# How does Dirac conclude that $\chi_r(c_r)$ cannot vanish?

On page 32-33 of Dirac's book Principles of Quantum Mechanics, he considers the case when the linear, Hermitian$$^1$$ operator $$\xi$$ satisfies an algebraic equation

$$\phi(\xi)\equiv(\xi - c_1)(\xi - c_2)(\xi - c_3)...(\xi - c_n)=0\tag{18}$$

with the $$c$$'s being numbers, not assumed to be all different. Let the quotient when $$\phi(\xi)$$ is divided by $$(\xi - c_r)$$ be $$\chi_r(\xi)$$, so that

$$\phi(\xi)\equiv(\xi - c_r)\chi_r(\xi)\quad(r= 1,2,3,...,n)$$

After proving that the $$c$$'s are all different, he then says

Let $$\chi_r(c_r)$$ be the number obtained when $$c_r$$ is substituted for $$\xi$$ in the algebraic expression $$\chi_r(\xi)$$. Since the $$c$$'s are all different, $$\chi_r(c_r)$$ cannot vanish.

How is he able to conclude this?

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$$^1$$ Note that a Hermitian operator is called a real operator in Dirac's non-standard terminology.

• Because if $X_r(c_r)$ did vanish then it must be divisible by $(\xi-c_r)$ which would be a contradiction. Commented Sep 24, 2014 at 18:26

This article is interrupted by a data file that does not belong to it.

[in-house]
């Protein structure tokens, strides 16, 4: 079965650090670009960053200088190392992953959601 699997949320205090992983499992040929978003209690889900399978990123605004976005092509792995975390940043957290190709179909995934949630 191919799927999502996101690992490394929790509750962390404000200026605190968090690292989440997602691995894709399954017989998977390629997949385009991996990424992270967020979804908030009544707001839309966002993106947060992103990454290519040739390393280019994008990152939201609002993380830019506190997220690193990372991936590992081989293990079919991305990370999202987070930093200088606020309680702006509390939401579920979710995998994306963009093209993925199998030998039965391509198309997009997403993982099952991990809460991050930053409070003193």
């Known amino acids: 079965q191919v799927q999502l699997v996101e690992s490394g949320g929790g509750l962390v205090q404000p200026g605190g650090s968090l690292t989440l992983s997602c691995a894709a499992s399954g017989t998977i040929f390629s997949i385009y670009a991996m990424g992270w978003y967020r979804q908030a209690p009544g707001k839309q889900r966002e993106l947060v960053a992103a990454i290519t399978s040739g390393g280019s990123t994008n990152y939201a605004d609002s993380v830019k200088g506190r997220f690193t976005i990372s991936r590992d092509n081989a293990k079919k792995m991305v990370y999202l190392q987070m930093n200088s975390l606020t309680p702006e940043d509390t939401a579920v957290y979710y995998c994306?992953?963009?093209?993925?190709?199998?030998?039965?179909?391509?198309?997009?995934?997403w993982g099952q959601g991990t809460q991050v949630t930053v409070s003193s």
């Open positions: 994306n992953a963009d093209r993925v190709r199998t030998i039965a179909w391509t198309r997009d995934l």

If all the c's are different, then since $X_r(\xi)$ is the quotient when $\phi(\xi)$ is divided by $(\xi-c_r)$, $(\xi-c_r)$ cannot be a factor of $X_r(\xi)$ else two of the c's would equal $c_r$.

$X_r(c_r)$ is, by the remainder theorem (I imagine this has some other name), the remainder when $X_r(\xi)$ is divided by $(\xi-c_r)$. Since $(\xi-c_r)$ is not a factor of $X_r(\xi)$, $X_r(c_r)$ cannot be zero.

A very explicit argument:

$$\phi(\xi)=(\xi-c_1)\dots (\xi-c_{r-1})(\xi-c_r)(\xi-c_{r+1})\dots(\xi-c_n)$$

where $r\leq n$ and $c_k> c_l$ whenever $k>l$. We can order the $c_i$ like this because the $c_i$ are real.

Now, $$X_r(\xi)=(\xi-c_1)\dots (\xi-c_{r-1})(\xi-c_{r+1})\dots(\xi-c_n)$$

Clearly, the set of zeros of $X_r(\xi)$ is $\{c_i\ \bigl|\ i=1,\dots,r-1,r+1,\dots,n \}$. Note that this does not include $c_r$, so $X_r(c_r)$ does not vanish.